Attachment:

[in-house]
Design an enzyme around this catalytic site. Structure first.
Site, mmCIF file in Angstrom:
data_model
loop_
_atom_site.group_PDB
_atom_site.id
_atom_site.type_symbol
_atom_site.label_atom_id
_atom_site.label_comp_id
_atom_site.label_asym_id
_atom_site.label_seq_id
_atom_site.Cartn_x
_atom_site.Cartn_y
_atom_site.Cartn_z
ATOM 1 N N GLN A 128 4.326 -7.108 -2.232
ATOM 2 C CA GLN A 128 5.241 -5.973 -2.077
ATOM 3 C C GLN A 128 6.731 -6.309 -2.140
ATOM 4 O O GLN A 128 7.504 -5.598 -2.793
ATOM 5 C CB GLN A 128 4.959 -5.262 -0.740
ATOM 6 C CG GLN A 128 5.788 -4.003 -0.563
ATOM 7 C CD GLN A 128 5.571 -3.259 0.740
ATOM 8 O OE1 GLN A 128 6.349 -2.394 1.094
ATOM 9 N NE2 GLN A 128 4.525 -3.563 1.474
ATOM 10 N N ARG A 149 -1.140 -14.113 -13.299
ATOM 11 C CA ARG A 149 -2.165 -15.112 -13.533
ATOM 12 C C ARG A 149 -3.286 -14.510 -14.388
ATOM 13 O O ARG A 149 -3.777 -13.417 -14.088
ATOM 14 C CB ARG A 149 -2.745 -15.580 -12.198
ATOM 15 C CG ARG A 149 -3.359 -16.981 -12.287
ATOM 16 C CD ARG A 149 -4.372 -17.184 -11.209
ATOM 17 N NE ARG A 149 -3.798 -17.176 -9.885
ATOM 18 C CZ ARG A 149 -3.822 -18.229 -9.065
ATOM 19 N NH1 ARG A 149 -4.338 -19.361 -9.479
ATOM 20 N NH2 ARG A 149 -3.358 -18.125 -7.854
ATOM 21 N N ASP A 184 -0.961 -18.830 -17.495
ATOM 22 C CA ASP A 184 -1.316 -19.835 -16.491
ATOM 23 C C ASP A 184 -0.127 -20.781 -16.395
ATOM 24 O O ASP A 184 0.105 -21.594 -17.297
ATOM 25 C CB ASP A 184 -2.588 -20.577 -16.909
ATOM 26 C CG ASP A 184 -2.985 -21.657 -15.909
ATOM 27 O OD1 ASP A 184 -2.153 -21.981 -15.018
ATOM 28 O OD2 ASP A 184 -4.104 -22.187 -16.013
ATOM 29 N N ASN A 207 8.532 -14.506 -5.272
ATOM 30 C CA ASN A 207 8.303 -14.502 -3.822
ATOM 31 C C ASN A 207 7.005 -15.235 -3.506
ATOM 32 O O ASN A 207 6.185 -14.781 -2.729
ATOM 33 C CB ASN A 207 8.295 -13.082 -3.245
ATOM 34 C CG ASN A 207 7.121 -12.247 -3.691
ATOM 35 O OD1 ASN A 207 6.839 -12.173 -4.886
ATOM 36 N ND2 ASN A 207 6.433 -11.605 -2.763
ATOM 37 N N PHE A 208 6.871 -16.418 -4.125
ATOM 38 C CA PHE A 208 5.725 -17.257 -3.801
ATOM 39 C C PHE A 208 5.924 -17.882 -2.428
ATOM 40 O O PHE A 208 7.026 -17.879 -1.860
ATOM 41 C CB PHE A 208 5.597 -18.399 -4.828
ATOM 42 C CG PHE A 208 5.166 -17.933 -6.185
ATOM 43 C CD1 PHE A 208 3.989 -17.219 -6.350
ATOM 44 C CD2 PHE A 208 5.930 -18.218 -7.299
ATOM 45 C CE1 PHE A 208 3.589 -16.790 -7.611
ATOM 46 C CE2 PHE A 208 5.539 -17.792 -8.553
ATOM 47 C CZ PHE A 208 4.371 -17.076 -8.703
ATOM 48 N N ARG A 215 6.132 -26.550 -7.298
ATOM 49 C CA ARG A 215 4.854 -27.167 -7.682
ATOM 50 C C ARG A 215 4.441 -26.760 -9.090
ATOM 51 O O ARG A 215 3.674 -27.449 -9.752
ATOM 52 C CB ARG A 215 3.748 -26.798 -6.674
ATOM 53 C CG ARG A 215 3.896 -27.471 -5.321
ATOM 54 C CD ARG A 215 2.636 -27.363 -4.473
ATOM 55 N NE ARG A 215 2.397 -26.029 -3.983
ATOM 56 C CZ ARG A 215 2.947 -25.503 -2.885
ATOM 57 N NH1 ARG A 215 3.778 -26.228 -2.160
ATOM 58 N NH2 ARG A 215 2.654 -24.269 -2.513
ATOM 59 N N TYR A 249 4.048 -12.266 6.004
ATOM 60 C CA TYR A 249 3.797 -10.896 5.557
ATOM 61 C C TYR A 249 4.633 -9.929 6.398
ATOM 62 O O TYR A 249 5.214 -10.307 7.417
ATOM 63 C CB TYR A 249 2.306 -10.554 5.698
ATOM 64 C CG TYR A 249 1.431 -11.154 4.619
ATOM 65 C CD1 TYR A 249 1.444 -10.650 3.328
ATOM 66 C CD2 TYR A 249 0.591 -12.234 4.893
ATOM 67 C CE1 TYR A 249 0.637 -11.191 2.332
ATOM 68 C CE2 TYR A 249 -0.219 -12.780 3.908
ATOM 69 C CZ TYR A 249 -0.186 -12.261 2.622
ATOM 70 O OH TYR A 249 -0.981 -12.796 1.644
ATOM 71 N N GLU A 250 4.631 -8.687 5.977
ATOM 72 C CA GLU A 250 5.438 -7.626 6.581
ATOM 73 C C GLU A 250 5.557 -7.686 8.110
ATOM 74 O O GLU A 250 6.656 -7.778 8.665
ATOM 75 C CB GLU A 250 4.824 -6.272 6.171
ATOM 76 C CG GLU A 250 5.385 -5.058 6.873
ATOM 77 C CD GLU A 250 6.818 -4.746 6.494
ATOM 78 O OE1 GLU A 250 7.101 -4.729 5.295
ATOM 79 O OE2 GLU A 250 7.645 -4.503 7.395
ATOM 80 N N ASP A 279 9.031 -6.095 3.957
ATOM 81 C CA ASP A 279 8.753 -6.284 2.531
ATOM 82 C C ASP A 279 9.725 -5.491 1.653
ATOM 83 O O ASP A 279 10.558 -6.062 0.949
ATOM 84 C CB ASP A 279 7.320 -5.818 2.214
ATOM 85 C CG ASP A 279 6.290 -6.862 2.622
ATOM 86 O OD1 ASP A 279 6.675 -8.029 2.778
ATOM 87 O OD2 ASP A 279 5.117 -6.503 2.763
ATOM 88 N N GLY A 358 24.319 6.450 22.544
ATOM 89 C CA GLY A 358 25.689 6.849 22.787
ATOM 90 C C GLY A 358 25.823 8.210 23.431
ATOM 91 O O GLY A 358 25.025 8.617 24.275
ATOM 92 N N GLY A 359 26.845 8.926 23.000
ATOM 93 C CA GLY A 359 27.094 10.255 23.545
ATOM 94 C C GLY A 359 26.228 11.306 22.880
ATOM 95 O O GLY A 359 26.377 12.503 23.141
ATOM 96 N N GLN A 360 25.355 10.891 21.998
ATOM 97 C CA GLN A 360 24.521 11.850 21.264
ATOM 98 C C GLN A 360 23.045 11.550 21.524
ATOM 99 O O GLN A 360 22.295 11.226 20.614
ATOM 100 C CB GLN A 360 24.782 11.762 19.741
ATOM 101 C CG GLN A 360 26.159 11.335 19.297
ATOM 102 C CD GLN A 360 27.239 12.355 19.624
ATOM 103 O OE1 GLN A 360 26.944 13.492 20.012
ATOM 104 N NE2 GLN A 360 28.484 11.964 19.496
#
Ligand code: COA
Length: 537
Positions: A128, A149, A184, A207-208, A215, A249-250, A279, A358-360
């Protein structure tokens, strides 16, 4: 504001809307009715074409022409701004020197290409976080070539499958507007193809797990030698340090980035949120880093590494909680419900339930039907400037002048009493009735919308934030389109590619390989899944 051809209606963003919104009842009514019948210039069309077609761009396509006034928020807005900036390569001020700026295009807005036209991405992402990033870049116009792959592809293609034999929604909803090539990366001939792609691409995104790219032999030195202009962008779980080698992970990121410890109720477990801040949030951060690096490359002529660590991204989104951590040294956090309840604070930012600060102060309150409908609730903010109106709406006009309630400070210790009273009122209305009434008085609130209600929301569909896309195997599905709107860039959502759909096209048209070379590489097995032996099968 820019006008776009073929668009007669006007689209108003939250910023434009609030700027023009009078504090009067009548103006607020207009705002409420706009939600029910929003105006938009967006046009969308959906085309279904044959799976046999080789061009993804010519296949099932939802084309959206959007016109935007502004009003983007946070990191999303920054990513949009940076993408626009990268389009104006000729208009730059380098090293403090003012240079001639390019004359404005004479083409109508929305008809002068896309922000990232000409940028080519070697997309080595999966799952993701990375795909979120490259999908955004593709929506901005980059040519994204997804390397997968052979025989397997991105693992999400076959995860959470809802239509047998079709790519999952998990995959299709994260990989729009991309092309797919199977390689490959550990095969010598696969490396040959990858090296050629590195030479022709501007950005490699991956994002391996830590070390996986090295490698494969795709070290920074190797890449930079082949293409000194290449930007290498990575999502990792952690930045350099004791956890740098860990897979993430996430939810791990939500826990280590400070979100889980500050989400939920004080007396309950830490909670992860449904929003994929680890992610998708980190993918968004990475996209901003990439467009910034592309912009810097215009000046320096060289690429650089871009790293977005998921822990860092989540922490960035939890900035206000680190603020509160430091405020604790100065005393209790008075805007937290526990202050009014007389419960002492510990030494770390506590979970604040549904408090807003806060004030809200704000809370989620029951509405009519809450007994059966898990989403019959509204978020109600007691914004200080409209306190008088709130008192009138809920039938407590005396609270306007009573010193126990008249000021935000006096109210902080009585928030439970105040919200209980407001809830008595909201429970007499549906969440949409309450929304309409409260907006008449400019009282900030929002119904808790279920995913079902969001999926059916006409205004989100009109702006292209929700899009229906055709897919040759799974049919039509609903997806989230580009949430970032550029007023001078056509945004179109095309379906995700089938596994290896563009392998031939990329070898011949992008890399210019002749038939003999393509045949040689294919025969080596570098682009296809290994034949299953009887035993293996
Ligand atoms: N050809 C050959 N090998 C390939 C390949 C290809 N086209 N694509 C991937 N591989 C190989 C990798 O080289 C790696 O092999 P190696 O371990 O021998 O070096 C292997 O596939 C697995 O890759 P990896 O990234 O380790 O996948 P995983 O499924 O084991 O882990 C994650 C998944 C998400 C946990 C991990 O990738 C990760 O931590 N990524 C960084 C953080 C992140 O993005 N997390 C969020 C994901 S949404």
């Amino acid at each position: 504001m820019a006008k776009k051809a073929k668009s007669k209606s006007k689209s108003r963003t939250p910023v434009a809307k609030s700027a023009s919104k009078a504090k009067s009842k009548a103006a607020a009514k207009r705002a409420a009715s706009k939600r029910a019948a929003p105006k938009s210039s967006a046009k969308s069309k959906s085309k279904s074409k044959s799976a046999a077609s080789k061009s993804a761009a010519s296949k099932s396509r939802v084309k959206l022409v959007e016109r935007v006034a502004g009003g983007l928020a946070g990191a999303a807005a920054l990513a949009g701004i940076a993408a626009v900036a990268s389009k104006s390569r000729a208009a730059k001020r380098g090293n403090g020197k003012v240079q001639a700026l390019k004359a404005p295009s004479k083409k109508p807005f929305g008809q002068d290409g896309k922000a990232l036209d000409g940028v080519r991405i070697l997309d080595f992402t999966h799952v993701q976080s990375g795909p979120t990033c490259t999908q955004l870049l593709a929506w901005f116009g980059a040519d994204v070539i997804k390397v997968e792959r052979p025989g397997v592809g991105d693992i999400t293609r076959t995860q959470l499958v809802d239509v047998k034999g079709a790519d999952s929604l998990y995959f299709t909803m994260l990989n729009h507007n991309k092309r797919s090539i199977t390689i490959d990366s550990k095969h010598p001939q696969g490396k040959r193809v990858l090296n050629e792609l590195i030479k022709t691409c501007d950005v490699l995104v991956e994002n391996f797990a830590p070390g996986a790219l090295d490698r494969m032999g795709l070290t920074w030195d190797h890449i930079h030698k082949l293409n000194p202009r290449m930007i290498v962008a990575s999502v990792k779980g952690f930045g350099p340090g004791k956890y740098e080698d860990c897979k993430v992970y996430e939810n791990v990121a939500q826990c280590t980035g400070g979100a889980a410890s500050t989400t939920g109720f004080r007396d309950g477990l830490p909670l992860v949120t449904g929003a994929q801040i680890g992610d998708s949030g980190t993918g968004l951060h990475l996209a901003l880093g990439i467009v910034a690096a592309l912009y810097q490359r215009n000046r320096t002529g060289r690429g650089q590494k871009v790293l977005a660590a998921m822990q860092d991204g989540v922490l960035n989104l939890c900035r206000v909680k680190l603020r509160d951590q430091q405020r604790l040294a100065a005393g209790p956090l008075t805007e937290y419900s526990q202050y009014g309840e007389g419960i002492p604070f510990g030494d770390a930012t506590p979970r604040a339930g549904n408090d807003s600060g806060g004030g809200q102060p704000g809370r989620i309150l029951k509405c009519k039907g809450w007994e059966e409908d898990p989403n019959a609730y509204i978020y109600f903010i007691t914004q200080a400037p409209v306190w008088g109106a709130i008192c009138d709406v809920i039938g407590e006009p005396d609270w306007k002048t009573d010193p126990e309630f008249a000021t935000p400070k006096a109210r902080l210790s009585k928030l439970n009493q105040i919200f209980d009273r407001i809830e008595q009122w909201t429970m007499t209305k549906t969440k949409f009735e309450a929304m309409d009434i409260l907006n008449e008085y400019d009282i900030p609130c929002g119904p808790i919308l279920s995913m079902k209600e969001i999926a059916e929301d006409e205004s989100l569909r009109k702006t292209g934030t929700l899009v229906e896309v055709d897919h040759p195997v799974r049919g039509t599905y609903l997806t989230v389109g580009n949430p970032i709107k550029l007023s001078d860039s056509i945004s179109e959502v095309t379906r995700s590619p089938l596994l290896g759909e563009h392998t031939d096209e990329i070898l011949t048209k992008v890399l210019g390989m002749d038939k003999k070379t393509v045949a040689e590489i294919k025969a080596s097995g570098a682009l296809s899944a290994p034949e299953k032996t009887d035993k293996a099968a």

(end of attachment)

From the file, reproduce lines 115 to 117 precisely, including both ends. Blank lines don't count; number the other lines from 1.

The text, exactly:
ATOM 100 C CB GLN A 360 24.782 11.762 19.741
ATOM 101 C CG GLN A 360 26.159 11.335 19.297
ATOM 102 C CD GLN A 360 27.239 12.355 19.624